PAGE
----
The reef community
Through geological time, different types of animals have built and lived on reefs. Throughout, the structure of the reef community has remained more or less the same.
The creatures which live as part of the reef can be divided into three groups, which interact to form the reef community.
- Reef builders form a framework of hard skeletons, the foundations of the reef. Most modern reefs are built by corals and algae, but sponges, bryozoans and bivalves have all formed reefs in the geological past.
- Reef dwellers live in the sheltered environment created by the reef builders. They do not directly build the reef framework, but their hard skeletons or shells can become part of the reef after they die. Modern reef dwellers include fish, crabs, octopus, gastropods and echinoderms, such as crinoids. Trilobites and brachiopods were common on some fossil reefs.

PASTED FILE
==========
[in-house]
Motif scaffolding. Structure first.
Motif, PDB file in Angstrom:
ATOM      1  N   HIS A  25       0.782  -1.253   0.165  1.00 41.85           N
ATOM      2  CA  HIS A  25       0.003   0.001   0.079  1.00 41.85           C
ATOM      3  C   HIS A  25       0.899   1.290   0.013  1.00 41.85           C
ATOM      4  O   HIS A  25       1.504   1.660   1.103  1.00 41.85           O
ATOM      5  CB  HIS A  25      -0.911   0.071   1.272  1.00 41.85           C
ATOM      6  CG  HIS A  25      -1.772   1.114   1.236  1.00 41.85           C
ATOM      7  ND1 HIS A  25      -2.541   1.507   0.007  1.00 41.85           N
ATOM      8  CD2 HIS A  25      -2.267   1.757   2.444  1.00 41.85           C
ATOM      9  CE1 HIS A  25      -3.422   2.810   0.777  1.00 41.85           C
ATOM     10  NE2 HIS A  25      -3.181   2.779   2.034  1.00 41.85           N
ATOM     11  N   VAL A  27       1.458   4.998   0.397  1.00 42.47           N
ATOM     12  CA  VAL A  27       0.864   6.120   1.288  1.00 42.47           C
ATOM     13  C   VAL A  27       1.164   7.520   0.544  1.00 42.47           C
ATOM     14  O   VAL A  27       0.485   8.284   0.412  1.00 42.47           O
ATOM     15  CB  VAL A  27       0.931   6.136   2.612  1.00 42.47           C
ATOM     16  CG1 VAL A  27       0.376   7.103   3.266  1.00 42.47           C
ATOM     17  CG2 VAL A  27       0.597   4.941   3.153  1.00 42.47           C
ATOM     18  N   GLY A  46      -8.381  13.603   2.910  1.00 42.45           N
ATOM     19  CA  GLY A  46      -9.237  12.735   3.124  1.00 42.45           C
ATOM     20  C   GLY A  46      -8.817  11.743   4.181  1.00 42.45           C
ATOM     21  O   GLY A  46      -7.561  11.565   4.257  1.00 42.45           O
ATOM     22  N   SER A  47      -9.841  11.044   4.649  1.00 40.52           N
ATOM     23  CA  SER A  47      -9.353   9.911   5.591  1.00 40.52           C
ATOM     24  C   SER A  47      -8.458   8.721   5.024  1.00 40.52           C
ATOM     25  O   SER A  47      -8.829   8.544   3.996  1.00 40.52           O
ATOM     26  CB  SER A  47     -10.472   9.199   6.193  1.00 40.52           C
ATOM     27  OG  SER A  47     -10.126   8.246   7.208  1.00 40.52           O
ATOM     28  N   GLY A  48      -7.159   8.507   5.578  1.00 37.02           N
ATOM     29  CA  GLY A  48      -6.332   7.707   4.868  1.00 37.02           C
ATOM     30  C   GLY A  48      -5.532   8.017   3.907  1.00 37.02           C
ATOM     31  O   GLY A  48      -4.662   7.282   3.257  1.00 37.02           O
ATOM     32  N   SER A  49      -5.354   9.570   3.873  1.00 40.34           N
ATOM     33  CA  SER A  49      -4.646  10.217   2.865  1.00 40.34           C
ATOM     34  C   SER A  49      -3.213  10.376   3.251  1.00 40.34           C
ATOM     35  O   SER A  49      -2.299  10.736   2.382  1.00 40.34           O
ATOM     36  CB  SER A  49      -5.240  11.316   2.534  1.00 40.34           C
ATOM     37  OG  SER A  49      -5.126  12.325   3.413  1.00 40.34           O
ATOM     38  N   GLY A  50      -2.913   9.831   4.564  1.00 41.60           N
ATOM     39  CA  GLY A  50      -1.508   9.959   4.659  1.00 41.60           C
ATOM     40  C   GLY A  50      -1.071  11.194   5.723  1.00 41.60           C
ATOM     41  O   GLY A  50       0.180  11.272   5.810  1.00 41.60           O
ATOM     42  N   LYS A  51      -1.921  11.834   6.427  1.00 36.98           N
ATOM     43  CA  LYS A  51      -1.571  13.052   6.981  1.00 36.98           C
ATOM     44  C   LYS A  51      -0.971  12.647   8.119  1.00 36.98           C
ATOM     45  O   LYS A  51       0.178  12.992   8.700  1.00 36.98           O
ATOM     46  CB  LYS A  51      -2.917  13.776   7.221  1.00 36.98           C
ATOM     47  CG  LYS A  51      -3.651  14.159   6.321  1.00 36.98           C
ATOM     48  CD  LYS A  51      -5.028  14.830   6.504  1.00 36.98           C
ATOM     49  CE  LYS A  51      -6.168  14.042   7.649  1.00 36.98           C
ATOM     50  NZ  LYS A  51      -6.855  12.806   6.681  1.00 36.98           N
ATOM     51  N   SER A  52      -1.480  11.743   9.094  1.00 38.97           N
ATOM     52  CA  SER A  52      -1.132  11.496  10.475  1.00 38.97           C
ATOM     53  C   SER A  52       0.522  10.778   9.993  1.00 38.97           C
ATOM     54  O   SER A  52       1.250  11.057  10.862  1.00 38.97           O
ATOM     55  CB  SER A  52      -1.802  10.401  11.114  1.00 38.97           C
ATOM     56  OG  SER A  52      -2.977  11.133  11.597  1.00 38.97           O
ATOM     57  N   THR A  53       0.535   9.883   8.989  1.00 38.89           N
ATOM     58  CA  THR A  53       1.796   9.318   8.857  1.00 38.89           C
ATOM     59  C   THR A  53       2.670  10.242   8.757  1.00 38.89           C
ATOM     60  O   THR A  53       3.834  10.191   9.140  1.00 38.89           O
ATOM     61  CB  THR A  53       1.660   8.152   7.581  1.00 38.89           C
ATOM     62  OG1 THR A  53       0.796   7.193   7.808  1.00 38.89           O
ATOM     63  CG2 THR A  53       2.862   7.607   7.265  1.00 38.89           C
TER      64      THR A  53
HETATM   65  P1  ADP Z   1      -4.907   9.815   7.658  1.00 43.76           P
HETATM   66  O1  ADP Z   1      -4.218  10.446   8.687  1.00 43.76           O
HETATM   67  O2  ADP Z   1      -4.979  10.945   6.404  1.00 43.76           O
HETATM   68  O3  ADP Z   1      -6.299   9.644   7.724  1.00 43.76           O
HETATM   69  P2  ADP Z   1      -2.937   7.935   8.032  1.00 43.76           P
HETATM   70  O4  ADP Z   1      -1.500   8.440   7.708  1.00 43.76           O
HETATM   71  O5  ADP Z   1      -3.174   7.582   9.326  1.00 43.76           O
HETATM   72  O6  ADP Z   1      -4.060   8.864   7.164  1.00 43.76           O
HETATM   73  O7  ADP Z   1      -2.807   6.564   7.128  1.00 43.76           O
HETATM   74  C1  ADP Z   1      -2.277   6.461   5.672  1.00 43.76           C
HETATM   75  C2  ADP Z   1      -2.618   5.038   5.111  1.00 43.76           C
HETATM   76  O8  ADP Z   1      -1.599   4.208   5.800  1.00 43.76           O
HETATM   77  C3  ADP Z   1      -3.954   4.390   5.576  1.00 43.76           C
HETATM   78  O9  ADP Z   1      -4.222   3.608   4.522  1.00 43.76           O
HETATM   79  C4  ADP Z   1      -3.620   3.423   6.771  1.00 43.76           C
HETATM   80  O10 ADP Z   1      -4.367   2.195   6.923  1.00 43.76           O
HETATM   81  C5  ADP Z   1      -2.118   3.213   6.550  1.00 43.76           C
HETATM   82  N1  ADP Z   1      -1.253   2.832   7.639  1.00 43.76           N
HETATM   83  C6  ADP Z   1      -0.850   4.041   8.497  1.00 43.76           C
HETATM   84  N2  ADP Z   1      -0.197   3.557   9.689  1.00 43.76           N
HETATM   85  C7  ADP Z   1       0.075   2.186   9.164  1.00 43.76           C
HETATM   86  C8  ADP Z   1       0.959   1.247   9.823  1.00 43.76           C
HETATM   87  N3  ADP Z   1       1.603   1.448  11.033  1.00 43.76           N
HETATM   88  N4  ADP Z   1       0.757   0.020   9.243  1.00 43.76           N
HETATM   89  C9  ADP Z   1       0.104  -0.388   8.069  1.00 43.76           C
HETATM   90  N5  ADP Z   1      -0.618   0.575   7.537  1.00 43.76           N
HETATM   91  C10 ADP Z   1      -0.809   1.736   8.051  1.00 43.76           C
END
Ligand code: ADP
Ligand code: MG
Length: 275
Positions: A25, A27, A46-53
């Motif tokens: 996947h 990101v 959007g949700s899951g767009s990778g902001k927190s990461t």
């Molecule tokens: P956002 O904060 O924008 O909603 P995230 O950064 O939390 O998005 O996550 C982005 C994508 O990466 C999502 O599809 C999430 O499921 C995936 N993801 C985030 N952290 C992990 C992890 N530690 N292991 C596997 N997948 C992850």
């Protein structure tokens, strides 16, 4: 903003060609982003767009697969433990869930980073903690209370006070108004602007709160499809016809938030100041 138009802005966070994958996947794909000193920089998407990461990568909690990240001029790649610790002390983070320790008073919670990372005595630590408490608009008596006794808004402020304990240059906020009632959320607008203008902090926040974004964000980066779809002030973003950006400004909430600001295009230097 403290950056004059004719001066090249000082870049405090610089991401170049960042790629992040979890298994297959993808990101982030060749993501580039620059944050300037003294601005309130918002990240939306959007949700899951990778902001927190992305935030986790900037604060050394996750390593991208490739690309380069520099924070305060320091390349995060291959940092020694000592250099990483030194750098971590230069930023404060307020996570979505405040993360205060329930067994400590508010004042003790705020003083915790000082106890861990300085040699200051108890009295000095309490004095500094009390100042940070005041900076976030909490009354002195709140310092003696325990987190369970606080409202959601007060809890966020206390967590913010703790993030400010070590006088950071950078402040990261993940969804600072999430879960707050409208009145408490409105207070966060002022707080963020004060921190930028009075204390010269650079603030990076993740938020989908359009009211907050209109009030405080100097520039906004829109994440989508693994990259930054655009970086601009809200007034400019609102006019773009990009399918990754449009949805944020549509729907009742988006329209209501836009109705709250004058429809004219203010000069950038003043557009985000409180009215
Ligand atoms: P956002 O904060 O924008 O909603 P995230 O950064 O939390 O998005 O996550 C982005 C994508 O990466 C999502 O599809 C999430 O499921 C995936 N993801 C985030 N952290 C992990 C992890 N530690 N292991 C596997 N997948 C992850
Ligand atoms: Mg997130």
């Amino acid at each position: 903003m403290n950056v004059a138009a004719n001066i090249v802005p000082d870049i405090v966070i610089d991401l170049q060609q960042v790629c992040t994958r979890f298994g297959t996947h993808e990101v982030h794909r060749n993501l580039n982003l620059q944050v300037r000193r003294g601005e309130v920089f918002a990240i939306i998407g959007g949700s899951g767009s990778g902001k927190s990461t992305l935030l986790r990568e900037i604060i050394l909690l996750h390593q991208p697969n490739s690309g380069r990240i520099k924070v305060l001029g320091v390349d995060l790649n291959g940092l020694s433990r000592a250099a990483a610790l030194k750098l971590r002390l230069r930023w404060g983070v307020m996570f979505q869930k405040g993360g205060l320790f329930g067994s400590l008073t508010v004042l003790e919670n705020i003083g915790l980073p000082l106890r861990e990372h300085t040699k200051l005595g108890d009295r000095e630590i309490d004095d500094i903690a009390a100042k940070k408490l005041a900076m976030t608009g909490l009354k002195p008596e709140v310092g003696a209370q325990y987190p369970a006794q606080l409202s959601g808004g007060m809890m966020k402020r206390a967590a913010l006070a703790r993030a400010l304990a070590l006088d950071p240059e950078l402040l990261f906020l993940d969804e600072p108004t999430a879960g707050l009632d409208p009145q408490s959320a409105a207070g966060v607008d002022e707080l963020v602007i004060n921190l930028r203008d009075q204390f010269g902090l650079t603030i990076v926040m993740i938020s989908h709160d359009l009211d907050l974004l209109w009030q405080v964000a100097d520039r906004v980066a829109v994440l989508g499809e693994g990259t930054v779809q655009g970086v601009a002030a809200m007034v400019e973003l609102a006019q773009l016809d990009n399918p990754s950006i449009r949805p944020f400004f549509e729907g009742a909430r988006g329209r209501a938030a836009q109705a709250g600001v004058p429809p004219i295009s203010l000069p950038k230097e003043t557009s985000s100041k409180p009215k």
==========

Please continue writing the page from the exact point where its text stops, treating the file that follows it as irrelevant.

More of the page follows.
- Reef destroyers are animals such as starfish, sea urchins and gastropods which feed on reef building organisms. These animals are also reef dwellers. They have grinding jaws which can cut or scrape away at the calcium carbonate reef framework. This is an essential part of reef activity as these animals are food for other reef dwellers, and their activity helps to clear space on the reef and stimulate new growth of the reef builders.
Together these groups interact to make up the reef community.